“What a powerful and moving statement,” says the talk show host.
Pamela leans toward him, as if to whisper, but her voice is as invasive as ever. “Doesn’t our waitress remind you of that barmaid, Alice, over at the Silverado, the way she wears her hair in a ponytail, trying to look so young?”
He doesn’t answer. Alice is the owner of the Silverado and hosts an annual talent show. Pamela has entered four years running and never even placed. He remembers not to look at her. She’d be scowling, drumming her fingers, trying to think of something to say, something to get a reaction out of him. He continues to ignore the pain he’s been ignoring since before sunrise when it woke him. He glances at the ceiling. It is descending slowly.
Pamela’s son is drawing a battle scene on the back of a paper place mat and making war noises. He had gone by himself to ask the cashier for a pencil. His name is Thomas, but you can call him Tommy when his mother’s not around.
“Thanks, hon,” Pamela says when the waitress delivers her strawberries.
In her daydreams, she wears all black except for her cowboy boots which are dyed white snake-skin.
“I’m really a fairly shy person,” she says. “Singing and being on stage is like therapy for me. It beats paying a shrink.”
The host chuckles, the co-host lets out a hearty laugh, and the comedian who was on before her nods approvingly.
When he finishes eating, Bill gets up and walks over to the cash register to get a toothpick. The dispenser is empty. He asks for one and waits patiently while the hostess goes to find more. Patience is something he has in reserve. He knows this to be virtue, but he isn’t quite sure what a virtue is or how he can cash in on it. The toothpick pacifies him some, but as he walks past the doors of the restaurant he hears them lock and the air being sucked from the room. He feels like he’s breathing through a pinched straw. To avoid looking at Pamela, he looks at the floor. The carpet is a dark shade of orange or a reddish brown. He can’t remember what the color is called.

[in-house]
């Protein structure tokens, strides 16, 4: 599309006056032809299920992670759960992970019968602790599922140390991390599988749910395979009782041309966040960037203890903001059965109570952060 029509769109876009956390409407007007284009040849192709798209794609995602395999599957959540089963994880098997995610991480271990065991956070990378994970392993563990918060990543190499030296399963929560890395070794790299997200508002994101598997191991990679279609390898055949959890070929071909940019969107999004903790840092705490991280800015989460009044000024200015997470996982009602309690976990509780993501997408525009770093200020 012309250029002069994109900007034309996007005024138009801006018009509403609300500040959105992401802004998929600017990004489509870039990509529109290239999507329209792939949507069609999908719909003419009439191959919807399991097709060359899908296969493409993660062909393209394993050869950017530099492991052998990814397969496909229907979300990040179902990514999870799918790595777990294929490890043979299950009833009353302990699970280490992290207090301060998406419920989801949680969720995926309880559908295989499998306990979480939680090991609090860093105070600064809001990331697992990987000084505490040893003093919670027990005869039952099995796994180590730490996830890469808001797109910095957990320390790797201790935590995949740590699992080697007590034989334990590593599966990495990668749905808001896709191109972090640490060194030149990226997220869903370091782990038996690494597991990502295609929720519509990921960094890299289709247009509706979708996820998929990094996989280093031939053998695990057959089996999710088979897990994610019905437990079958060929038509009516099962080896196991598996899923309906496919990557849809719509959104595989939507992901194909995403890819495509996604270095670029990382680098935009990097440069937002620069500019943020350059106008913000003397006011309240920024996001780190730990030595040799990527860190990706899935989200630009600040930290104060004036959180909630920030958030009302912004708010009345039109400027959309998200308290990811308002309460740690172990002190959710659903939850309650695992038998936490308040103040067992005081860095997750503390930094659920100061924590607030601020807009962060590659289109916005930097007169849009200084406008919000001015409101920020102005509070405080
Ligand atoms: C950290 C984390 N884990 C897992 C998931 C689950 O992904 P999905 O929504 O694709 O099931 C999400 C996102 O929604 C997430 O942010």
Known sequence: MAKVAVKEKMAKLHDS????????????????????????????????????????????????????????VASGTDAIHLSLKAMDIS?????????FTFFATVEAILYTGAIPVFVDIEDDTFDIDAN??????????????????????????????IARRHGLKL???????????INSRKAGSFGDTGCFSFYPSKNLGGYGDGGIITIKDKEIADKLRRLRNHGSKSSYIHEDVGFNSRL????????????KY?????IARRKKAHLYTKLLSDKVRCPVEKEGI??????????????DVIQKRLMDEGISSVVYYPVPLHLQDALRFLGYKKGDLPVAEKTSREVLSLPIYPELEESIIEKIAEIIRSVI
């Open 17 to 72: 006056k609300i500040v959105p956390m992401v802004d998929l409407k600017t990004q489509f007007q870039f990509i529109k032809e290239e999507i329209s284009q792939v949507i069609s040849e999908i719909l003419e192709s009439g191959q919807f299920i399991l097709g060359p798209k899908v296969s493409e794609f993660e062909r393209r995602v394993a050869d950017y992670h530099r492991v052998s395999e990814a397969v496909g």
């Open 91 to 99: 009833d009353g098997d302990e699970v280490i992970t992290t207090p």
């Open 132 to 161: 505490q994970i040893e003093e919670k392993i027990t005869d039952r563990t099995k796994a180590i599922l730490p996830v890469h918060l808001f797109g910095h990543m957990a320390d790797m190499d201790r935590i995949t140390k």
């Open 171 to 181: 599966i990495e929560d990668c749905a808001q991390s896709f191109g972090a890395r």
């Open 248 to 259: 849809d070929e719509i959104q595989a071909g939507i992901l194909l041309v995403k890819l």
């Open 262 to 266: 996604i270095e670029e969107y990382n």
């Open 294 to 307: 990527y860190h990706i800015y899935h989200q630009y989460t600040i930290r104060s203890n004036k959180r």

“Is that gravy any good?” asks Pamela as he sits down. She’s finished her waffles and wants the one biscuit he didn’t eat.
He wants to say go to hell. “Fine, help yourself,” is what comes out. He looks over at her plate and wishes he hadn’t. She didn’t touch her strawberries.
Thomas has finished drawing and instead of making a paper airplane he’s making a paper helicopter, something he learned from a library book.